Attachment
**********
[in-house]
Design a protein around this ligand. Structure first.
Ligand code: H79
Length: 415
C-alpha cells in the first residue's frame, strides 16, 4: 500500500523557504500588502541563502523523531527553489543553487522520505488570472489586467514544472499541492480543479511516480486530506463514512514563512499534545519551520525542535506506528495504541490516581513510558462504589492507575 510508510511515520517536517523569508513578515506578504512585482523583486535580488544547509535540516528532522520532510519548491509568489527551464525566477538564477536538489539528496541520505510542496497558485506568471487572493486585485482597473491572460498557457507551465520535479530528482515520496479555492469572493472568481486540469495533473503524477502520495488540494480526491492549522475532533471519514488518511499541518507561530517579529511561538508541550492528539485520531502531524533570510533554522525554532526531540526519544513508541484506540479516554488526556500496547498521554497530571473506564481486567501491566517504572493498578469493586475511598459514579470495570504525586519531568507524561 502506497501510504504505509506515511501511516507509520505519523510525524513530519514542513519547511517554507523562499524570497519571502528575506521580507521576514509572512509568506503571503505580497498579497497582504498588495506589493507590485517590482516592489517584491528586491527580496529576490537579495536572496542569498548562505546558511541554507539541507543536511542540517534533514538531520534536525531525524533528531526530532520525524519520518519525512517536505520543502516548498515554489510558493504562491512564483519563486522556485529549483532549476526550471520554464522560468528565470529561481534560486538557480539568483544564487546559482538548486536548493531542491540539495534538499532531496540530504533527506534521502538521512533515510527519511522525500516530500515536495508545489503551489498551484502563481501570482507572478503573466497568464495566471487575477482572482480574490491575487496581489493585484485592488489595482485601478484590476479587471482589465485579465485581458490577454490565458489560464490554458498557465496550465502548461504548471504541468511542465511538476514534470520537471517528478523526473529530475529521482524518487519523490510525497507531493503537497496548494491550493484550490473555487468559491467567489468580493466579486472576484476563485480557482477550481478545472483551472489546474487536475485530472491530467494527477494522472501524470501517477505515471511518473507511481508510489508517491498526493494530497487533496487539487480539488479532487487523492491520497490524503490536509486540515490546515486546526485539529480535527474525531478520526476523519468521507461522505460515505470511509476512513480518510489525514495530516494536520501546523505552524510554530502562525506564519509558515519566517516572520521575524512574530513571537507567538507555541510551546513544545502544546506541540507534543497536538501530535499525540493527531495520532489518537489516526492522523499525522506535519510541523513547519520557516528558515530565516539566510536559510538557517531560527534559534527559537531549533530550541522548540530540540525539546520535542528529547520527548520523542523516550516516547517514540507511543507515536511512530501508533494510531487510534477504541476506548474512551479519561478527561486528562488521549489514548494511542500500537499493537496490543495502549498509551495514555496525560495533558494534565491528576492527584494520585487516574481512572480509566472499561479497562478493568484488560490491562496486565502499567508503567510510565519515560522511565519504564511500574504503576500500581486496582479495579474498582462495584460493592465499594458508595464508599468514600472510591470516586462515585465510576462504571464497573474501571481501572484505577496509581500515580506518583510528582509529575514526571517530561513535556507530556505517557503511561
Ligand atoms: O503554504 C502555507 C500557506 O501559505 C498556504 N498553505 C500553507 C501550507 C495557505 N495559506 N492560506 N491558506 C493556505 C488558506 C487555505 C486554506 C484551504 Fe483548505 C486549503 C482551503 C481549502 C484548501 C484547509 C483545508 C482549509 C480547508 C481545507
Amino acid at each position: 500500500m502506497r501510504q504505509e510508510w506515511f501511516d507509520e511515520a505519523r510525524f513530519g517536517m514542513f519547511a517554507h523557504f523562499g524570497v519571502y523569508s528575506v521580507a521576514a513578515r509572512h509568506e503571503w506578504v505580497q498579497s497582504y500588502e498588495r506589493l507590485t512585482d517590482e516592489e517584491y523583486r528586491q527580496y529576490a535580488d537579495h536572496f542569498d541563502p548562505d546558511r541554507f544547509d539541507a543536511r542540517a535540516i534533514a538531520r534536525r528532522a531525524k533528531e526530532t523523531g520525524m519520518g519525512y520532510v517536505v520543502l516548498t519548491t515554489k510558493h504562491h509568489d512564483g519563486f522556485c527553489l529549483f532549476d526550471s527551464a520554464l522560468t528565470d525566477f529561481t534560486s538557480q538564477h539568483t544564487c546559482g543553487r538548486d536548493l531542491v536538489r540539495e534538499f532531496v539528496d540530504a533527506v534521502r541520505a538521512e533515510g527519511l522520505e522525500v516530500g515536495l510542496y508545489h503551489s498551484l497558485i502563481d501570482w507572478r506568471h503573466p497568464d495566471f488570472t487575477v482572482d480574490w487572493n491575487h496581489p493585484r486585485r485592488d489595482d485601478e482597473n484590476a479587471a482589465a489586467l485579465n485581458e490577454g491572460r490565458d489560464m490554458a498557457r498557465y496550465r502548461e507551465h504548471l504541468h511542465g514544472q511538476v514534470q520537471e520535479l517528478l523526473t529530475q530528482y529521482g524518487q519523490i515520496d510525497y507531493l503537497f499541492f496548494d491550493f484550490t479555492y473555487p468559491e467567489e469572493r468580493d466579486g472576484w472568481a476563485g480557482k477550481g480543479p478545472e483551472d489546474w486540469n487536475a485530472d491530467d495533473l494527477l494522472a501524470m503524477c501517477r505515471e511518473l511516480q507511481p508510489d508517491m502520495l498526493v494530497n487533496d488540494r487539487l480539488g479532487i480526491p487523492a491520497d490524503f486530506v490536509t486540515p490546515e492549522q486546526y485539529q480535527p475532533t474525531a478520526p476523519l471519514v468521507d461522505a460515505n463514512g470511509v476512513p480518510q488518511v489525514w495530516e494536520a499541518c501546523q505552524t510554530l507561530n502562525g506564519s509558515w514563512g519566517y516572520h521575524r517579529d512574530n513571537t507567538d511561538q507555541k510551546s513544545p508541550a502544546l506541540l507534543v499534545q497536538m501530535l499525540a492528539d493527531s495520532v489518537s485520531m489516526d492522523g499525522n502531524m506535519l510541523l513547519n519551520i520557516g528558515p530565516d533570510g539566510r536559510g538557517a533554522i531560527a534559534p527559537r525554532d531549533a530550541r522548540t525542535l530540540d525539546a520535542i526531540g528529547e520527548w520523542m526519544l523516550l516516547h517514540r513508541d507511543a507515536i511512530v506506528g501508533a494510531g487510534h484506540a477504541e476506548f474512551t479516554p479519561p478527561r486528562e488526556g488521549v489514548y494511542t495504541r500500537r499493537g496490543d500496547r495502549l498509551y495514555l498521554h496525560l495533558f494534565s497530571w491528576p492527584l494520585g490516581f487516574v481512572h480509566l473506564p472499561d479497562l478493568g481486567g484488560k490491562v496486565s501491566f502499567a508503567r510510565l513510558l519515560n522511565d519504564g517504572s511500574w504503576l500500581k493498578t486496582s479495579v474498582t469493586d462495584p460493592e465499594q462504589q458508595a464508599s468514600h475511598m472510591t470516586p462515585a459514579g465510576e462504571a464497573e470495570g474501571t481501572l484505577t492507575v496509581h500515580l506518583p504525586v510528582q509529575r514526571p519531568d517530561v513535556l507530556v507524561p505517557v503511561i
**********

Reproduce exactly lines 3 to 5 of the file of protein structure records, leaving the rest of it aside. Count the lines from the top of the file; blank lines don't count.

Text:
Ligand code: H79
Length: 415
C-alpha cells in the first residue's frame, strides 16, 4: 500500500523557504500588502541563502523523531527553489543553487522520505488570472489586467514544472499541492480543479511516480486530506463514512514563512499534545519551520525542535506506528495504541490516581513510558462504589492507575 510508510511515520517536517523569508513578515506578504512585482523583486535580488544547509535540516528532522520532510519548491509568489527551464525566477538564477536538489539528496541520505510542496497558485506568471487572493486585485482597473491572460498557457507551465520535479530528482515520496479555492469572493472568481486540469495533473503524477502520495488540494480526491492549522475532533471519514488518511499541518507561530517579529511561538508541550492528539485520531502531524533570510533554522525554532526531540526519544513508541484506540479516554488526556500496547498521554497530571473506564481486567501491566517504572493498578469493586475511598459514579470495570504525586519531568507524561 502506497501510504504505509506515511501511516507509520505519523510525524513530519514542513519547511517554507523562499524570497519571502528575506521580507521576514509572512509568506503571503505580497498579497497582504498588495506589493507590485517590482516592489517584491528586491527580496529576490537579495536572496542569498548562505546558511541554507539541507543536511542540517534533514538531520534536525531525524533528531526530532520525524519520518519525512517536505520543502516548498515554489510558493504562491512564483519563486522556485529549483532549476526550471520554464522560468528565470529561481534560486538557480539568483544564487546559482538548486536548493531542491540539495534538499532531496540530504533527506534521502538521512533515510527519511522525500516530500515536495508545489503551489498551484502563481501570482507572478503573466497568464495566471487575477482572482480574490491575487496581489493585484485592488489595482485601478484590476479587471482589465485579465485581458490577454490565458489560464490554458498557465496550465502548461504548471504541468511542465511538476514534470520537471517528478523526473529530475529521482524518487519523490510525497507531493503537497496548494491550493484550490473555487468559491467567489468580493466579486472576484476563485480557482477550481478545472483551472489546474487536475485530472491530467494527477494522472501524470501517477505515471511518473507511481508510489508517491498526493494530497487533496487539487480539488479532487487523492491520497490524503490536509486540515490546515486546526485539529480535527474525531478520526476523519468521507461522505460515505470511509476512513480518510489525514495530516494536520501546523505552524510554530502562525506564519509558515519566517516572520521575524512574530513571537507567538507555541510551546513544545502544546506541540507534543497536538501530535499525540493527531495520532489518537489516526492522523499525522506535519510541523513547519520557516528558515530565516539566510536559510538557517531560527534559534527559537531549533530550541522548540530540540525539546520535542528529547520527548520523542523516550516516547517514540507511543507515536511512530501508533494510531487510534477504541476506548474512551479519561478527561486528562488521549489514548494511542500500537499493537496490543495502549498509551495514555496525560495533558494534565491528576492527584494520585487516574481512572480509566472499561479497562478493568484488560490491562496486565502499567508503567510510565519515560522511565519504564511500574504503576500500581486496582479495579474498582462495584460493592465499594458508595464508599468514600472510591470516586462515585465510576462504571464497573474501571481501572484505577496509581500515580506518583510528582509529575514526571517530561513535556507530556505517557503511561